I finished reading The Paying Guests by Sarah Waters, a historical gothic fiction about Frances Wray, who accepts lodgers into her home that she shares with her mother. Although meticulously detailed in descriptions, it did tend to drag on in quite a few places. This bothered me more towards the end and it was really annoying waiting for the other shoe to drop especially when the shoe finally did drop, it was very unsatisfying. I also felt that there wasn’t that much chemistry between the main relationship and it felt like instalove. I think it would do good with some serious editing. Also, I consumed this on audiobook going to and from work and if I didn’t, I don’t think I would’ve made it through.
My rating: 3/5 stars
Have you read The Paying Guests? If so, what are your thoughts?
This week I read Motherless Brooklyn by Jonathan Lethem and I’m in love. I loved the writing style. I loved the pacing. This book definitely checks all the boxes for my ideal book. We follow Lionel Essrog, an orphaned young man who has Tourette’s. Tourette’s is no laughing matter but I couldn’t help but laugh at the situations it gets Lionel in and his random tics at the most inappropriate times. The novel is heavily character driven and if there wasn’t Lionel Essrog, this would just be another run of the mill crime novel. This book is definitely one my favorites of the year.
My rating: 5/5 stars
Have you read Motherless Brooklyn? If so, what did you think about Lionel Essrog?
I started Paralegal classes last week so I have even more stuff to read now. As a result, I haven’t finished reading Eat, Pray, Love yet but I’m sure I will by next week. So I have decided to do something different and list my top favorite book tropes.
1) Enemies to Friends to Lovers. I love that slow burn love where the couple starts out hating each other but by the end of the book, they can’t imagine being apart.
2) The Antihero. I love reading about morally grey characters and their redemption story, even unlikeable villainous characters about whom you find out the reason behind their villainy and understand where they are coming from.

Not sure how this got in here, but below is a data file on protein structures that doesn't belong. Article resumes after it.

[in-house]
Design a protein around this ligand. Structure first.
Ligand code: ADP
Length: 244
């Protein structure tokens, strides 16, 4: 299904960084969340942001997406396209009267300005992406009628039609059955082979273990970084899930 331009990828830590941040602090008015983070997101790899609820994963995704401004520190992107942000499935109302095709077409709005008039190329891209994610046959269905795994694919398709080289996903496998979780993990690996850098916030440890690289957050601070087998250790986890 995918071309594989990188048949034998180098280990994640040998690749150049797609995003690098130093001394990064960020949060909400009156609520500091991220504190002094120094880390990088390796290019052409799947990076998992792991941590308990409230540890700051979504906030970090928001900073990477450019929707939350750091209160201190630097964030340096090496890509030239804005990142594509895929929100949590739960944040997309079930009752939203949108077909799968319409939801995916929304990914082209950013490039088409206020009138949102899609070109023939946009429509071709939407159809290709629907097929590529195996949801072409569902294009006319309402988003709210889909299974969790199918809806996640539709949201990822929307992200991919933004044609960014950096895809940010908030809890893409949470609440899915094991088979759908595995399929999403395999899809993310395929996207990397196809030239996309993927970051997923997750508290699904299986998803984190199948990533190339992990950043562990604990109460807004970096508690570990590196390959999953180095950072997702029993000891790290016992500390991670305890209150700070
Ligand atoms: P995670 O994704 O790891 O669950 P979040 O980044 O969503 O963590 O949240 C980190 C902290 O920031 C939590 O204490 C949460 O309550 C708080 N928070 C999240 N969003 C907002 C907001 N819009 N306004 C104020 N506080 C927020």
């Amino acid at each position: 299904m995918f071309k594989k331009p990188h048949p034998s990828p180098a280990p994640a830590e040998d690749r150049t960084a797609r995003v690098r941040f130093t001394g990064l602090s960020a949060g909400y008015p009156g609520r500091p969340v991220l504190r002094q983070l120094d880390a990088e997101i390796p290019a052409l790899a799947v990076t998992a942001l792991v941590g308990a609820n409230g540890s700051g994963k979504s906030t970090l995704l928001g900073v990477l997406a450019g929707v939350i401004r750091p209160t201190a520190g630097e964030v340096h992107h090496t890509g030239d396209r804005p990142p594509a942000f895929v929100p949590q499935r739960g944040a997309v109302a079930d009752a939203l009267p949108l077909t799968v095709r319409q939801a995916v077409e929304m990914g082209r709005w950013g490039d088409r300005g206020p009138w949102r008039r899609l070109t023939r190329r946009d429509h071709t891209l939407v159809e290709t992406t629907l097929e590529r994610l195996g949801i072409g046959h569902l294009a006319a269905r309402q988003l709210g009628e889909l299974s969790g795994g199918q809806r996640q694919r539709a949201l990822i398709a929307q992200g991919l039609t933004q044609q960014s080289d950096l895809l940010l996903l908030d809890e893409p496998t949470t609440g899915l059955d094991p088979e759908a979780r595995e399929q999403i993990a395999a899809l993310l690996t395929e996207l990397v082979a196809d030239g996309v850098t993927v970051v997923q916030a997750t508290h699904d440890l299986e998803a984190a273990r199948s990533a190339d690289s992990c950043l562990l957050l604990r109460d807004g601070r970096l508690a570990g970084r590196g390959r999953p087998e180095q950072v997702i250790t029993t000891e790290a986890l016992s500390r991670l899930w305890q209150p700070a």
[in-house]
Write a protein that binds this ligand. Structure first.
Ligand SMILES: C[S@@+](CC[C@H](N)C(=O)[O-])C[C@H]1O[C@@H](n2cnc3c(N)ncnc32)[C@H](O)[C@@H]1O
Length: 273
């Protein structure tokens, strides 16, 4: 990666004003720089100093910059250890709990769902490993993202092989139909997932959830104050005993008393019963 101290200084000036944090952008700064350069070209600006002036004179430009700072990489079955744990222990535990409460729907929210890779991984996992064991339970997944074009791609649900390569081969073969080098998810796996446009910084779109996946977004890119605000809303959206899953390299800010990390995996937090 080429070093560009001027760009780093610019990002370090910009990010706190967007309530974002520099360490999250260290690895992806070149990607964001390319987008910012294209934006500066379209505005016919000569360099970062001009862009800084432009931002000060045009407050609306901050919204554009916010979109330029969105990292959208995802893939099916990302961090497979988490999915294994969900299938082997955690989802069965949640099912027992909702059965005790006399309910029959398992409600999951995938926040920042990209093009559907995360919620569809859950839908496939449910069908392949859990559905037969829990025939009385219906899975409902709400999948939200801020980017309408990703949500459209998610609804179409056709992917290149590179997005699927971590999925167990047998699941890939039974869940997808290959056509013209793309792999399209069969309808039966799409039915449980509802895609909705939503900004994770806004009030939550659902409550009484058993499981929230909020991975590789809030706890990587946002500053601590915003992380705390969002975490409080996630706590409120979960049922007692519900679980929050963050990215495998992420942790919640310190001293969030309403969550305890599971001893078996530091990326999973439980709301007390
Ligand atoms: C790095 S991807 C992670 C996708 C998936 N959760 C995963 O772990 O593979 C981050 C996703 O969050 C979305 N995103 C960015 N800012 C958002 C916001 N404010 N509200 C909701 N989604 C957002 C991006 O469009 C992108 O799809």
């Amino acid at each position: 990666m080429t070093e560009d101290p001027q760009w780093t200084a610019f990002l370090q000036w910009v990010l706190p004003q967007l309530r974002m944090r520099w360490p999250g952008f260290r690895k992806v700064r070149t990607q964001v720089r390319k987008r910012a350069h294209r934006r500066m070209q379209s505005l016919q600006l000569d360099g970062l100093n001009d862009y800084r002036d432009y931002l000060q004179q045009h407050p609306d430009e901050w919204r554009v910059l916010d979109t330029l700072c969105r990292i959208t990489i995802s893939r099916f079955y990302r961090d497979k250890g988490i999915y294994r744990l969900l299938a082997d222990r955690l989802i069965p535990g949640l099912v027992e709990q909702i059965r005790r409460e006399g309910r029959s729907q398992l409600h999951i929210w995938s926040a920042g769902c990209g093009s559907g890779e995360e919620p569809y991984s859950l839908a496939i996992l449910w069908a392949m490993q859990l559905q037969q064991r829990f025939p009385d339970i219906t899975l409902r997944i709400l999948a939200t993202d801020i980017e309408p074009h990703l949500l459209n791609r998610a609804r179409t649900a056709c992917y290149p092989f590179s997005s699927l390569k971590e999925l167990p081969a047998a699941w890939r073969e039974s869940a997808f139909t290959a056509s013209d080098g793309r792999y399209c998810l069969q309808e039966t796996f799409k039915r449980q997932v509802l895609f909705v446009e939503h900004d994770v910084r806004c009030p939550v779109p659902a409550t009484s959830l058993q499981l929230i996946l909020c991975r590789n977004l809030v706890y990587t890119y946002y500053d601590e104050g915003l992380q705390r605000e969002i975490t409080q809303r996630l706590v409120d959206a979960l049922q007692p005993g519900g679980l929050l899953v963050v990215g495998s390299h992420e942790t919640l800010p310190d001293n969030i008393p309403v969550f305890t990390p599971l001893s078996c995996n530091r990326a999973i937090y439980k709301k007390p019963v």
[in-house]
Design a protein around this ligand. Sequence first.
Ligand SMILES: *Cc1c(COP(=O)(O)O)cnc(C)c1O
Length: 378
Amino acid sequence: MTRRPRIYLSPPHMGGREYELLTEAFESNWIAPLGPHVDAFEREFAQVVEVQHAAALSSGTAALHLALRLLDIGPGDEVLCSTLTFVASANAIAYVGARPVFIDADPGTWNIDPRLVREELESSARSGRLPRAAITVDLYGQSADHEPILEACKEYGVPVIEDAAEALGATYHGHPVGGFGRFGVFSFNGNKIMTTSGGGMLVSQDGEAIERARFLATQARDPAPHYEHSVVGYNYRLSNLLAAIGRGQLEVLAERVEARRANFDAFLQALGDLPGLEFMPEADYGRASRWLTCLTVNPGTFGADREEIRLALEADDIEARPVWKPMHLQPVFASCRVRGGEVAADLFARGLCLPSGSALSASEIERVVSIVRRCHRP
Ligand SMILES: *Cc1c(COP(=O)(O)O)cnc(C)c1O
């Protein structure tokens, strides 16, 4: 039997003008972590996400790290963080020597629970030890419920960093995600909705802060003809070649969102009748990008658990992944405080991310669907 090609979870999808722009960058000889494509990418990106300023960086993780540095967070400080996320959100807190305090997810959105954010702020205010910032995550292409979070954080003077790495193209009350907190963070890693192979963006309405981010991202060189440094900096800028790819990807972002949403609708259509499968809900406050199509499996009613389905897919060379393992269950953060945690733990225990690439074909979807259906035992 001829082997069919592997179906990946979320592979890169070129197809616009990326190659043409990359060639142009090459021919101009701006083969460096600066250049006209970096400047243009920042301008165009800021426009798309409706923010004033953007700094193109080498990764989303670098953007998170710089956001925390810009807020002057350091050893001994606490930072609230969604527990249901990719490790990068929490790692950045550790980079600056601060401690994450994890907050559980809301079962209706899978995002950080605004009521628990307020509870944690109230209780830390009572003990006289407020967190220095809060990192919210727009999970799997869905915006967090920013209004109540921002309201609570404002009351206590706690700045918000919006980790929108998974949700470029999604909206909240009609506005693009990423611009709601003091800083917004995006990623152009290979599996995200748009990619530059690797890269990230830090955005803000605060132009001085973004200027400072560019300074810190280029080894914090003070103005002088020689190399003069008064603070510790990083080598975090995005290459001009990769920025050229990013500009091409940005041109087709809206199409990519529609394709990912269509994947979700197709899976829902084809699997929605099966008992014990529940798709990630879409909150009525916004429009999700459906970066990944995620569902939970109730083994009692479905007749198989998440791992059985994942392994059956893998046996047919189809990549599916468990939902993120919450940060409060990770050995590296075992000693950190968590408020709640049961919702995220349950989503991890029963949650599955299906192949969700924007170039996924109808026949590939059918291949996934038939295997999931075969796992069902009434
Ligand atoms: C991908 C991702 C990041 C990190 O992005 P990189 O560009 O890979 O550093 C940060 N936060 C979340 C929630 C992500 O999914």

3) Utopia is actually a dystopia. At the beginning of the story, it might seem great, this utopic world but you soon come to find out at what cost like in The Giver.
4) Unrequited love/forbidden love. We all have crushes and it’s something we can relate to when we read about them in books as well as forbidden love. Two people that stand against all odds.
5) Road Trip/Adventure. Especially with enemies who fall in love or a group of antihero’s who are all friends.
What are some of your favorite tropes that you love to read about in books?
Post image from FreePik.com
I recently finished reading Rebecca by Daphne Du Marier. A tiny bit slow to start but I pushed through to the first 100 pages, reading it out loud to myself to focus, and then it was my jam.
At first, the narrator (whose name is never relieved) was annoying, a pushover and a 21-year-old who was easily persuaded into marrying a 40-year-old man, which I was very bothered by. Come to think of it, I didn’t like any of the characters in this book but in a good way. I felt like the main characters were all morally gray (a mix between good and bad) and I love that in a book.
At 200 pages, we were steaming along a well-paced, beautifully written and subtly creepy story, a classic and one that I hope you read. It’s definitely worth it.
My rating: 4/5 stars
If you’ve read Rebecca, what did you think about it?